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When you meet an international tourist exploring the Sunshine Coast it’s always rewarding to hear how much they appreciate our landscape, our attractions, our great food scene and our genuine hospitality

They generally return home telling all their friends about the experience and a year or so later, even more visitors come to our shores to discover our ‘backyard’. In fact, international visitation to the Sunshine Coast grew by 8.2% to 294,000 in the year ending September 2017, with Germany the star performer with growth of 24.2% to 39,000 visitors.

Of course, growth in visitor numbers does mean beaches, roads and restaurants may be a little busier, but would we have projects such as the upgrading of the Wharf Mooloolaba along with all the new restaurants, bars and cafes without increases in visitor numbers? It’s doubtful.

Only a few decades ago you could count the number of Germans or Americans on your left hand. Today, an international visitor is likely to stay at least 10 days and spend thousands of dollars. That money goes to local businesses, contributes to local employment, and encourages restaurateurs to come from interstate and set up business here – for the benefit of locals and visitors alike.

Two-hatted chef, Stuart Bell, has just moved from the 5-star Ten Minutes by Tractor in the Mornington Peninsula to take over at Harry’s at Buderim. At the Wharf Mooloolaba, restaurateur and chef Tony Kelly, formerly of Hello Harry, has opened the pan-Asian Rice Boi and fish and chippery, Saltwater, while chef Simon Taylor has been lured back to the Coast after distinguished stints in Sydney and Melbourne to revitalise Mooloolaba Yacht Club with the launch of Pier 33, specialising in sustainably caught local seafood.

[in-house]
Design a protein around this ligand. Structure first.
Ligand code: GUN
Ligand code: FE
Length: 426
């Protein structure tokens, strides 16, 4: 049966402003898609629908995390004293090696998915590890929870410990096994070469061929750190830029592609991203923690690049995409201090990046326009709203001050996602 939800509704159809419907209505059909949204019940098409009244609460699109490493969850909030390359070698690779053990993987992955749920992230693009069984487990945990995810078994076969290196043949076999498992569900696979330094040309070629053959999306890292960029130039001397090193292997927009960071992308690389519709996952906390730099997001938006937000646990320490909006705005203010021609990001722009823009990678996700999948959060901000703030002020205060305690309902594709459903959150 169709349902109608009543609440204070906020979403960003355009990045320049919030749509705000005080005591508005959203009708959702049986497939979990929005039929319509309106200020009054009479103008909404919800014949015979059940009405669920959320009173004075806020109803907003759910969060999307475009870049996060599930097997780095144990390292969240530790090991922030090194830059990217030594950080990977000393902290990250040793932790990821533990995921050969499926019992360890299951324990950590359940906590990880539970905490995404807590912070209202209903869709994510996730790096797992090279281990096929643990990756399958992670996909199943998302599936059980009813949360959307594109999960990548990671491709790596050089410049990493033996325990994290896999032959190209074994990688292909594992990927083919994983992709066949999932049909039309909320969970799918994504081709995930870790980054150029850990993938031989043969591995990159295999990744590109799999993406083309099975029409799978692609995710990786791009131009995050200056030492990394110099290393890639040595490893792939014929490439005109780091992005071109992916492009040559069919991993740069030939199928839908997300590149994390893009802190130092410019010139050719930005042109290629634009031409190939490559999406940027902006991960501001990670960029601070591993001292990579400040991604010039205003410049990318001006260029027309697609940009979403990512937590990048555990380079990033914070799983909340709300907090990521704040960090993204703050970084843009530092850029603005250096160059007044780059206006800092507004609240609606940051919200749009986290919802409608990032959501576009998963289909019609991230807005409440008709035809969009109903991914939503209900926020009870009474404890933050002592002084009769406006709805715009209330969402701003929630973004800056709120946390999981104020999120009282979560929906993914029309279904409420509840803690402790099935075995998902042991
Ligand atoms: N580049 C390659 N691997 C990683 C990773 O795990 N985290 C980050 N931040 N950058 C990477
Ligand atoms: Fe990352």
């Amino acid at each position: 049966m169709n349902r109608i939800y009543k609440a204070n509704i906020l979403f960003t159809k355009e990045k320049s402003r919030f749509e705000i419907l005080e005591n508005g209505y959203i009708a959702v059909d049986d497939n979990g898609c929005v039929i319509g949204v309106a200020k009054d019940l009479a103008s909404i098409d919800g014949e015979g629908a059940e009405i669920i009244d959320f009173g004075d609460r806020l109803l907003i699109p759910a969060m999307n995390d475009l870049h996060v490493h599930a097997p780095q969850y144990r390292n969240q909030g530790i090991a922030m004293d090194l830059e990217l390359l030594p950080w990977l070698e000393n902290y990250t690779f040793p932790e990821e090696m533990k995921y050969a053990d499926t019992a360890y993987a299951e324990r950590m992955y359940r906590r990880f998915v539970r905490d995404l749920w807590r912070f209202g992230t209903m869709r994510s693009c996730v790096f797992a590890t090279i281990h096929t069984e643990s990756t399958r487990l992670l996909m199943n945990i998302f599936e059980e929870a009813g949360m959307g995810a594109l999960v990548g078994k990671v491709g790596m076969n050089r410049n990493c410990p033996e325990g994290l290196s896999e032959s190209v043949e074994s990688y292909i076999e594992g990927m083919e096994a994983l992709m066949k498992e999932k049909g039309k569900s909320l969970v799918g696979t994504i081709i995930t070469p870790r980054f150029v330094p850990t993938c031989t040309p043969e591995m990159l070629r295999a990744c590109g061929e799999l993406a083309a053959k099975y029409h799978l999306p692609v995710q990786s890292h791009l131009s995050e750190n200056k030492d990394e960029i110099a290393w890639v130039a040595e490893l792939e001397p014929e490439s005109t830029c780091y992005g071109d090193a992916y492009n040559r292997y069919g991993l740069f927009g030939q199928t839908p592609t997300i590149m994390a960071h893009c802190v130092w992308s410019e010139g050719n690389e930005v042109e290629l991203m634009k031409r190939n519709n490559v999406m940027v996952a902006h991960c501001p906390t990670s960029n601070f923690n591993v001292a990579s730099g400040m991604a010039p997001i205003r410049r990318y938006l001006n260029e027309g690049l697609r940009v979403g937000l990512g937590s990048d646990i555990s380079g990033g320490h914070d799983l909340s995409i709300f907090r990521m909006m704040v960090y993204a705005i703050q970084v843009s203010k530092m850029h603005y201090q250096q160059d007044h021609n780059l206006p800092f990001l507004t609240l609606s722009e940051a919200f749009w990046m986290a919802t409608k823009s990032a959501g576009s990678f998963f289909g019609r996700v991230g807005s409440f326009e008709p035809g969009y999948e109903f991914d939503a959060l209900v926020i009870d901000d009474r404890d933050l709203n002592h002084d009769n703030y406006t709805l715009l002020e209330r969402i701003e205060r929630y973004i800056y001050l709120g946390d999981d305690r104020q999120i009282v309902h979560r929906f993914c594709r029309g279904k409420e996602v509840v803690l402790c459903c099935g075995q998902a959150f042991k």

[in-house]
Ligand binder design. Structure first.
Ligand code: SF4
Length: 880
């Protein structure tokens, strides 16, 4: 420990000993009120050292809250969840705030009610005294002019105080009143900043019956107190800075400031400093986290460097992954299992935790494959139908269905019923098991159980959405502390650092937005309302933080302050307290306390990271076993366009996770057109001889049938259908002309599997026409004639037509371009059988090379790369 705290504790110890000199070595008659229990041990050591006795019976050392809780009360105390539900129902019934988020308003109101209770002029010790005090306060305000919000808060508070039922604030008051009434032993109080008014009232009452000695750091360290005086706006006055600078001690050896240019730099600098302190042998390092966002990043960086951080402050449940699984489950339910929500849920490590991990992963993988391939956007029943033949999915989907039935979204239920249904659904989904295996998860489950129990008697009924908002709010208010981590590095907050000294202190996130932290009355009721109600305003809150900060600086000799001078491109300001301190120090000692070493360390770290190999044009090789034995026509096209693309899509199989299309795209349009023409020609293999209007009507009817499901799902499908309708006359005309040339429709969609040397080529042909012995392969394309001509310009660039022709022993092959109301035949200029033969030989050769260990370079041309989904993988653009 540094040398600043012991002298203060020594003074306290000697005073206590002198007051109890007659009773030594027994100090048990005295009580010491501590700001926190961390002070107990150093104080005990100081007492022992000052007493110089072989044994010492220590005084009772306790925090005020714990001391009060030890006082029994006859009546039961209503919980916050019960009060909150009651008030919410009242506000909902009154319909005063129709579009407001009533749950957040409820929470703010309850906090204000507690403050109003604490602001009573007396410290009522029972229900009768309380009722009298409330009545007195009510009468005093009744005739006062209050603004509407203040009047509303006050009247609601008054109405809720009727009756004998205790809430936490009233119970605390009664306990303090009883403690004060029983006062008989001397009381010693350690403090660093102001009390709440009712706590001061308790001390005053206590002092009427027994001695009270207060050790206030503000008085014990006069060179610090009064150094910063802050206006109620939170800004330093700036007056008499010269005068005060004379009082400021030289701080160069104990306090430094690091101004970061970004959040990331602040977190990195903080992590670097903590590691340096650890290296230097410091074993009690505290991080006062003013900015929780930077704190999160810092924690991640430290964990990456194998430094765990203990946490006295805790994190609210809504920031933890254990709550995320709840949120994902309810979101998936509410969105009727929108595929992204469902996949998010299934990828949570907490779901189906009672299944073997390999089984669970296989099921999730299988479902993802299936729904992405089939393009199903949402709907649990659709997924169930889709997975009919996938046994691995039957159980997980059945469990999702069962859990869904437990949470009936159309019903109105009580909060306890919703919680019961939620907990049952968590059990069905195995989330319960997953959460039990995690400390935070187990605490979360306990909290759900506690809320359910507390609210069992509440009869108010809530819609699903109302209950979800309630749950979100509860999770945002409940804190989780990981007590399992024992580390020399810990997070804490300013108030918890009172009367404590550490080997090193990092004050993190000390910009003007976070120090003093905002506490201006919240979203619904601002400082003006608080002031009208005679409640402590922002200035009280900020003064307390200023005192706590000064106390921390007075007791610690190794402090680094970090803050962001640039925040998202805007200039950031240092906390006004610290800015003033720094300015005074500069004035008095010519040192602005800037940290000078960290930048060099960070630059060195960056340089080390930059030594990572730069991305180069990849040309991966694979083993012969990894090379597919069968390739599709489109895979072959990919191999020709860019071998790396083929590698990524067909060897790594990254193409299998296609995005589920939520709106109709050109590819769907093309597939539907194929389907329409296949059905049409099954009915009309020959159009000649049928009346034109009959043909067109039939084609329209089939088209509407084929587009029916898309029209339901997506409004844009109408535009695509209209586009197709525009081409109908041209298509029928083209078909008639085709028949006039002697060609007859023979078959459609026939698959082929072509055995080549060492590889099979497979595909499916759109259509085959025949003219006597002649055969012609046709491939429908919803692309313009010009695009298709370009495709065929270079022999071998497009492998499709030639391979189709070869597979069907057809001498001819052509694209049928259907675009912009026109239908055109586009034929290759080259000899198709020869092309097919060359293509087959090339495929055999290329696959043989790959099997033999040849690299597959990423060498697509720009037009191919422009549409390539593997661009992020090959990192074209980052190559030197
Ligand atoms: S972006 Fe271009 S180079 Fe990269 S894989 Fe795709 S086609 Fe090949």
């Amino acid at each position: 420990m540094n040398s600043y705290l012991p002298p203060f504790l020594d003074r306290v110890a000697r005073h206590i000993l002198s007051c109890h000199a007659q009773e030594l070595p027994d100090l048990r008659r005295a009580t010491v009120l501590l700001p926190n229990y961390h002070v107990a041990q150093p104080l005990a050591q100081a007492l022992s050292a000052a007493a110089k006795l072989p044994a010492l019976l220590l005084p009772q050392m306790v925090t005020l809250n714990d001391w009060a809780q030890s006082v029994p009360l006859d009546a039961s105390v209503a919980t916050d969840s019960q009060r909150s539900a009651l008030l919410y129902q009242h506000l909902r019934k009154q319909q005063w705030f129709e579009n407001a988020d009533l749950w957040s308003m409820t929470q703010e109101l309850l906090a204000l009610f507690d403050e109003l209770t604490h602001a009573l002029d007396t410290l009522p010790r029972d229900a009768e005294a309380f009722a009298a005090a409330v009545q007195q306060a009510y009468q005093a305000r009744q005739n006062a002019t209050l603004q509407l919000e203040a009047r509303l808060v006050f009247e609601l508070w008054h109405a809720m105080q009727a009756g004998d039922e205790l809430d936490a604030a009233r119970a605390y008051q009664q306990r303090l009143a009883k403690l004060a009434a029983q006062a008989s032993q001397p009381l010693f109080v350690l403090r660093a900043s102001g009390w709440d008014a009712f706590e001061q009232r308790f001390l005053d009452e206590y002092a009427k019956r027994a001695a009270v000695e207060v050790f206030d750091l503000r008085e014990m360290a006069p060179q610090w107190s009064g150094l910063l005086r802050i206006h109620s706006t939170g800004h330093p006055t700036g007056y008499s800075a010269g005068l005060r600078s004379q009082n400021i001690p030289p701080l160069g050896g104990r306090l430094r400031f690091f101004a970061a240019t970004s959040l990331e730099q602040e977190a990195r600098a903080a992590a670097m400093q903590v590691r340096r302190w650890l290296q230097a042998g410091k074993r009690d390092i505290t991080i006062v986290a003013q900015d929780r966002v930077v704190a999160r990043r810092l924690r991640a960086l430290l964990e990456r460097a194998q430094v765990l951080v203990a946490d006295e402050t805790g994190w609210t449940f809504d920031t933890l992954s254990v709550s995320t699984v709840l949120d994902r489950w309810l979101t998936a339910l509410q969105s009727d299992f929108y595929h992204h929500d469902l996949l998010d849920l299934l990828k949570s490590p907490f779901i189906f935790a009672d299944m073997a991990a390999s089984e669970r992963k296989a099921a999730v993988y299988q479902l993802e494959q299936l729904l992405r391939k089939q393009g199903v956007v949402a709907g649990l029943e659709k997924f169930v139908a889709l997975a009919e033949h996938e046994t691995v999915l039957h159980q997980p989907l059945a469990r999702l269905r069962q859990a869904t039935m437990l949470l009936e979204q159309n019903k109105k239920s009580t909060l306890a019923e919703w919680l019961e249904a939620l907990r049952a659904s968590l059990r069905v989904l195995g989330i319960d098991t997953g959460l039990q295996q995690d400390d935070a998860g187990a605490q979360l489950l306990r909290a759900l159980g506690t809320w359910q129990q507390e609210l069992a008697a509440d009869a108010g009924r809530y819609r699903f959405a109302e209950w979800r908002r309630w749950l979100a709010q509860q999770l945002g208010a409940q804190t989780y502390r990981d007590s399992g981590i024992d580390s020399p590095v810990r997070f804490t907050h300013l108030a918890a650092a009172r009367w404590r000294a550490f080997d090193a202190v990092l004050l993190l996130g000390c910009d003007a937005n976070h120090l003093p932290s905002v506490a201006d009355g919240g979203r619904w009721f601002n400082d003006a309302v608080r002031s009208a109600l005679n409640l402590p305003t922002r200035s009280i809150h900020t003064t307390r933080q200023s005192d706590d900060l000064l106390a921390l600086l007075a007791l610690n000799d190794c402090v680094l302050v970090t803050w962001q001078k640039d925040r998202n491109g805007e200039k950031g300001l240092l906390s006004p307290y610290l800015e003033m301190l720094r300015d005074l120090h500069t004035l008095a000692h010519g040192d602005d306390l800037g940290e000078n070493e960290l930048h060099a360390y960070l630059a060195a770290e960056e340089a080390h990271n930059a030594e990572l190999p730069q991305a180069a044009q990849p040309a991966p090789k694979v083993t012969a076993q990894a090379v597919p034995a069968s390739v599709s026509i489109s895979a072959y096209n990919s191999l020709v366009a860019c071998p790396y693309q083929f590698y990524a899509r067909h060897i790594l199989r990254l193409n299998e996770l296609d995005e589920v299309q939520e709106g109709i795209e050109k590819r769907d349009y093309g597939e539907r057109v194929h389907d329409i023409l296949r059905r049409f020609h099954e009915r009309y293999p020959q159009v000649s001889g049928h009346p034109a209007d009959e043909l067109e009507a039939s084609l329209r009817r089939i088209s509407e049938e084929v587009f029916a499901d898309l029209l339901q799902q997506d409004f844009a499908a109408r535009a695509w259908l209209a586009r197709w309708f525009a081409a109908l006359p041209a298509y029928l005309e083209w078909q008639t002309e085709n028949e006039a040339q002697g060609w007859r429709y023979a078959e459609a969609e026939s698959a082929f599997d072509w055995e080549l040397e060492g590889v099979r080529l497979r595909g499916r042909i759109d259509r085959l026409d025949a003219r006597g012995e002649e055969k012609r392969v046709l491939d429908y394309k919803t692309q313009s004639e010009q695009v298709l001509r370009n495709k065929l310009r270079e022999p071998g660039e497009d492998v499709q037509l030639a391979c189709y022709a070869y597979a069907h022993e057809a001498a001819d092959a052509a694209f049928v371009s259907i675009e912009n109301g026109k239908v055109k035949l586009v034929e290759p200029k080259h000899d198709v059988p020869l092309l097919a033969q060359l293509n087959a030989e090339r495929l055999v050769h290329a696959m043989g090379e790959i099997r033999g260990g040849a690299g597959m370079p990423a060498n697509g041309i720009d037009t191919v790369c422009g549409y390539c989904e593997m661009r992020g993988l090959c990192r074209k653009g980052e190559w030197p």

This weekend the first ever Sunshine Coast Asian Food Festival is being held at Spicers Tamarind, highlighting the Sunshine Coast’s unique affinity with Asian food, and follows the expansion last year of the legendary Spirit House with the opening of the Hong Sa Bar and private dining room.

Fortunately for our tourism and economic future, the Sunshine Coast is a ‘hot’ destination around the world. Next month, the largest travel trade conference – ITB – will be held in Berlin, and our German representatives will continue to shine the spotlight on our destination, while last month in America, our teenage ambassador – Australia Zoo’s Robert Irwin – put the focus on his home town in a whirlwind of media interviews.

Asia too is being exposed to our ‘sunny charms’ with our international sales team working with Tourism and Events Queensland, Singapore Airlines and SilkAir on a marketing campaign aimed at tapping into the huge potential of the SE Asian travel market.

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